The percentage of students at public high schools who graduate on time has reached its highest level in nearly 40 years, according to the most recent federal government estimates released Tuesday.
Based on data collected from the states for the Class of 2010, the National Center for Education Statistics estimated that 78 percent of students across the country earned a diploma within four years of starting high school. The graduation rate was last at that level in 1974, officials said.
Students in Maryland and Virginia had higher graduation rates than the national average — 82.2 percent and 81.2 percent, respectively.
The District had a lower graduation rate than all but one state, with 59.9 percent of its students graduating on time. But it is not unusual for major cities to experience a higher dropout rate and lower graduation rate than states. One study found the graduation rate for the Class of 2005 in the nation’s 50 largest cities was 53 percent, compared with 71 percent in the suburbs.
High school graduation rates are one measure of school success, and educators and policymakers have been trying for decades to stem the number of U.S. students who drop out of high school.
Notable in 2010 was the rise in the percentage of Hispanic students who graduate on time, with a 10-point jump over the past five years, to 71.4 percent. Hispanics are the nation’s largest minority group, making up more than 50 million people, or about 16.5 percent of the U.S. population, according to the Pew Hispanic Center. One in four pupils at public elementary schools is Hispanic.
Mark Hugo Lopez, associate director of the Pew center, said the findings confirm trends his organization has been tracking. “We’ve seen a surge in the Hispanic high school completion rate,” he said.
He pointed to the nation’s soft economy as one reason more students are staying in school but added that there is probably a shift in demographics at play, too. As the number of Hispanic immigrants declines, more high school students are likely to have been born in the United States, Lopez said.
Graduation rates improved for every race and ethnicity in 2010, but gaps among racial groups persist. Asian students had the highest graduation rate, with 93 percent of students finishing high school on time. White students followed with an 83 percent graduation rate, American Indians and Alaska Natives with 69.1 percent and African Americans with 66.1 percent.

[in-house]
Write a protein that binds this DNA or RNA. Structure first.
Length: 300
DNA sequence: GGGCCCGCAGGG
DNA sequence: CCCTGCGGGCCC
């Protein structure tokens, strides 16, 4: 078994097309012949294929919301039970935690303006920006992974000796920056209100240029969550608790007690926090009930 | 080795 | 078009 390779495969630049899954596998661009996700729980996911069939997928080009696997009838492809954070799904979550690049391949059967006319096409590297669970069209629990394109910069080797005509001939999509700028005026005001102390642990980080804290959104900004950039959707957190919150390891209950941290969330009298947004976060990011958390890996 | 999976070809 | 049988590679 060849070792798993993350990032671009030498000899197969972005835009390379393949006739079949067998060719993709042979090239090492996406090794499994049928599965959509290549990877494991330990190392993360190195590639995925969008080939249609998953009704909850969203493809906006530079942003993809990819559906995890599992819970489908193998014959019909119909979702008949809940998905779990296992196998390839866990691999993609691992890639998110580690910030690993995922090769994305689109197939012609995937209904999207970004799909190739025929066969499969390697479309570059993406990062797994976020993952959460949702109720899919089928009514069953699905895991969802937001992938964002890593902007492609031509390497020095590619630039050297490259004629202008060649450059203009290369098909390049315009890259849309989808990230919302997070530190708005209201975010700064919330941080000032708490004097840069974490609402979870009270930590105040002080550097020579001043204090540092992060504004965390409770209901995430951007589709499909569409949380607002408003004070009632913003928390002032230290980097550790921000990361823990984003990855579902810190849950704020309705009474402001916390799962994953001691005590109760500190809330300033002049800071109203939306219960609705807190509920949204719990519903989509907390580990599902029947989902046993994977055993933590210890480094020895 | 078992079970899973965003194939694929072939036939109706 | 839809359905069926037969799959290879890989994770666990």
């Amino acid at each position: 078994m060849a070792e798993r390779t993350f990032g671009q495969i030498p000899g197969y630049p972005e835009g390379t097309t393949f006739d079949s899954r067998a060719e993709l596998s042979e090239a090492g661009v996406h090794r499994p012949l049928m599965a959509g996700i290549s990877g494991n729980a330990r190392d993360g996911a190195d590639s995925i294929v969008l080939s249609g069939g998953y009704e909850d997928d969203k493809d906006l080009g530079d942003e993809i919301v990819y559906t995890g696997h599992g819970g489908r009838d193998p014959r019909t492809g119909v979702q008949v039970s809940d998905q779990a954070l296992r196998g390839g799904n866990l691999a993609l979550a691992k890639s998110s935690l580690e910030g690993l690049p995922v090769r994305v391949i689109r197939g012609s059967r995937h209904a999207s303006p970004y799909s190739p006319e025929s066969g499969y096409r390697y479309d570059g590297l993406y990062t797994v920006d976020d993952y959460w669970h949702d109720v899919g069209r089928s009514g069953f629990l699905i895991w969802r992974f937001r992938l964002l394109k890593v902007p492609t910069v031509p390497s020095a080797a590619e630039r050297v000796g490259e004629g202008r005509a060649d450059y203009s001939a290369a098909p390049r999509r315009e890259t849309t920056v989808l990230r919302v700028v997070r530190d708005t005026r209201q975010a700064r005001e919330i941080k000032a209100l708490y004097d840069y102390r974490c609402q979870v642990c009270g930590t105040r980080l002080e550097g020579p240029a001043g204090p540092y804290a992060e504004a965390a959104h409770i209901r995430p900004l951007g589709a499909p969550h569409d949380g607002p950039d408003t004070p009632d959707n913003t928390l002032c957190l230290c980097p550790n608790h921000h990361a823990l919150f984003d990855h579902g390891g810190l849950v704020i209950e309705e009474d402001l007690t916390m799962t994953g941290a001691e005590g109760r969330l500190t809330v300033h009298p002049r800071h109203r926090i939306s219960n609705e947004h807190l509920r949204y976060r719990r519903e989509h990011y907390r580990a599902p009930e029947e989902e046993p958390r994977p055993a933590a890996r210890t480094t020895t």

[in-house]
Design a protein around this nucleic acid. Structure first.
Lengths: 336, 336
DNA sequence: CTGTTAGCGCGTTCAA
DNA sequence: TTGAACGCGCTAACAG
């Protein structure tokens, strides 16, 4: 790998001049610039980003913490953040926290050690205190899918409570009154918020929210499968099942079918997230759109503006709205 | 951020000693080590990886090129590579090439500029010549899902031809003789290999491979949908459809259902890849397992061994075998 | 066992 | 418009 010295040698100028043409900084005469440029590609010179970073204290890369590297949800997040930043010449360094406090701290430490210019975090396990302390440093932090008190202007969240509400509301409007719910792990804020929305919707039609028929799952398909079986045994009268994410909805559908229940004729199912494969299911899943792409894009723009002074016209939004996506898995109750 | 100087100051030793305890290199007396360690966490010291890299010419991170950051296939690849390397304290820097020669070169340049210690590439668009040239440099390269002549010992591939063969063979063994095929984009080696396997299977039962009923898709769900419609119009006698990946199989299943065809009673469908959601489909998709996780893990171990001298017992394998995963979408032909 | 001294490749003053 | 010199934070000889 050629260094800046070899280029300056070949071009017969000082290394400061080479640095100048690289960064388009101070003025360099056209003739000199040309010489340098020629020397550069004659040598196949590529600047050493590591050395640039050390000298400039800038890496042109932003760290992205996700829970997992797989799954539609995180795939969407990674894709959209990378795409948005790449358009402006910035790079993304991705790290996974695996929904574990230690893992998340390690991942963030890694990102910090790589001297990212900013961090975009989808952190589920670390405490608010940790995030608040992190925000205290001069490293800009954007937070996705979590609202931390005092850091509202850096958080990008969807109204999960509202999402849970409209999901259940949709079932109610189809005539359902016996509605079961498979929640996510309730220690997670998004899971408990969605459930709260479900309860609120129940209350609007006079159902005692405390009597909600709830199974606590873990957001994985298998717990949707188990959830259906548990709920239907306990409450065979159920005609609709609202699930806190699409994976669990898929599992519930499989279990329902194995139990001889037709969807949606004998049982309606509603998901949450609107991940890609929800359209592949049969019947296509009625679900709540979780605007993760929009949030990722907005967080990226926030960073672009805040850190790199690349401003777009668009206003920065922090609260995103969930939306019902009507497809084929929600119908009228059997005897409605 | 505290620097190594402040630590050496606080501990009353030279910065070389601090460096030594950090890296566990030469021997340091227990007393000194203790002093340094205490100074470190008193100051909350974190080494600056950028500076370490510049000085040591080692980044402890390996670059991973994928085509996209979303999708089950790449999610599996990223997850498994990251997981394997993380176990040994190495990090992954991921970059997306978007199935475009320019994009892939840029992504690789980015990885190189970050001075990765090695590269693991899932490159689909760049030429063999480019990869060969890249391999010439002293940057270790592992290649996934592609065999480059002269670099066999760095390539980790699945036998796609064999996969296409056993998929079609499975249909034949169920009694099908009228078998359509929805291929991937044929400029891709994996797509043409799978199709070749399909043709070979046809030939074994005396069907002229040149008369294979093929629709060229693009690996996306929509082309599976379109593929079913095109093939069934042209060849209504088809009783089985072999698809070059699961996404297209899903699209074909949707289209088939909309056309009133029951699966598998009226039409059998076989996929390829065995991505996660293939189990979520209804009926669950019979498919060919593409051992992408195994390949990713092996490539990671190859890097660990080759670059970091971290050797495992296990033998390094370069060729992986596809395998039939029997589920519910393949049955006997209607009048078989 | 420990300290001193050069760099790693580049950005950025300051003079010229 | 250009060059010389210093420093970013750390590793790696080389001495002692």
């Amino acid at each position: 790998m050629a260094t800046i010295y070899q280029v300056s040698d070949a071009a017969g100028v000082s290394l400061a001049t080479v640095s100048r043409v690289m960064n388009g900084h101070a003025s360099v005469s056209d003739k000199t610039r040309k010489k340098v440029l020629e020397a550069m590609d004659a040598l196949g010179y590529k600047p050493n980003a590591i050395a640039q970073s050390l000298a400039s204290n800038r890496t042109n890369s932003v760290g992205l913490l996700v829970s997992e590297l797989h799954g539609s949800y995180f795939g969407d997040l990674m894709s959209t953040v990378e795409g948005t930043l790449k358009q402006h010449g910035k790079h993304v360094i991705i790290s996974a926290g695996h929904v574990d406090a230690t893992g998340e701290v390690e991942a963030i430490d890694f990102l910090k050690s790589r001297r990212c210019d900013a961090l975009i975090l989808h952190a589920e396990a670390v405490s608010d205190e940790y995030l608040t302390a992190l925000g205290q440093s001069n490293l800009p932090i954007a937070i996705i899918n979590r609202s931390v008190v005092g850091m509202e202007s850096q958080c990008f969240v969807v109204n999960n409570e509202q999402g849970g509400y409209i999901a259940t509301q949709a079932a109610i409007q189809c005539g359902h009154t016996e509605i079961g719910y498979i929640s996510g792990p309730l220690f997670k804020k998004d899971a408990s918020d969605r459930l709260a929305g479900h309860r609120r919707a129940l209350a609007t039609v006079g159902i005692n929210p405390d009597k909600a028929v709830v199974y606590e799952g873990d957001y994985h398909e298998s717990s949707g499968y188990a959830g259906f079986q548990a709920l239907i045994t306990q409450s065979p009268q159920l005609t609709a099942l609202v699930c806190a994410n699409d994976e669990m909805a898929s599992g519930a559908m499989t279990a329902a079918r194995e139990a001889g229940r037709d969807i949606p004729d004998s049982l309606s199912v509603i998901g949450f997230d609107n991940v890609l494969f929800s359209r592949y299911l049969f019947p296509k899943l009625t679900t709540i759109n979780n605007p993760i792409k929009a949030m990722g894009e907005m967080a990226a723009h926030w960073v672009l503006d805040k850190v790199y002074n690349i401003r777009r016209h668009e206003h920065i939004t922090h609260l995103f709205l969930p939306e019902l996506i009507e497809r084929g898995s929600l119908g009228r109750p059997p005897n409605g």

Jack Buckley, commissioner of the National Center for Education Statistics, agreed with Lopez that the weak economy is one reason for the improvement in graduation rates across the board.
“When the economy turns down or there are poor economic conditions, there’s a lack of available jobs for high school dropouts, fewer jobs that they can actually be qualified for,” Buckley told reporters last week. “Historically, there has been a correlation between the dropout rate going down when the economy is weaker.”
High school graduation rates have a significant effect on the economy, according to a study last year by America’s Promise Alliance, a foundation created by Colin L. Powell. On average, high school graduates earn $130,000 more over their lifetimes than peers who drop out of school, the study said.
In 2010, 38 states had higher graduation rates while rates for the other 12 were flat, the report said. Nevada had the lowest graduation rate, with 57.8 percent of students in the Class of 2010 graduating on time. Vermont had the highest rate, with 91.4 percent of students earning diplomas with their class.
For decades, high school graduation rates were routinely overstated in official statistics, with the Education Department putting the nation’s rate above 80 percent and some states reporting rates above 90 percent. States used dozens of different reporting methods, with some figuring into their rates those dropouts who later earned the equivalency certificate known as a General Educational Development diploma, or GED.
In 2005, the Education Department began publishing an official estimate of graduation rates, and all 50 states agreed to adopt a standard method of calculating those rates by 2013.
Across the country, a total of 514,238 public school students dropped out of high school in the 2009-10 school year. New Hampshire and Idaho had the lowest dropout rates, while Mississippi and Arizona had the highest.
The dropout rate — those who leave school between ninth and 12th grades and do not earn equivalency diplomas — was the lowest for Asian/Pacific Islander students at 1.9 percent and white students at 2.3 percent. American Indians/Alaska Natives had the highest dropout rate, at 6.7 percent. Black and Hispanic students dropped out at rates of 5.5 and 5 percent, respectively.
Boys dropped out of school in higher numbers than girls in every state. The national dropout rate was 3.8 percent for boys and 2.9 percent for girls.
Dropout rates do not combine with graduation rates to total 100 percent because they do not include students who take longer than four years to graduate or those who earn GED certificates.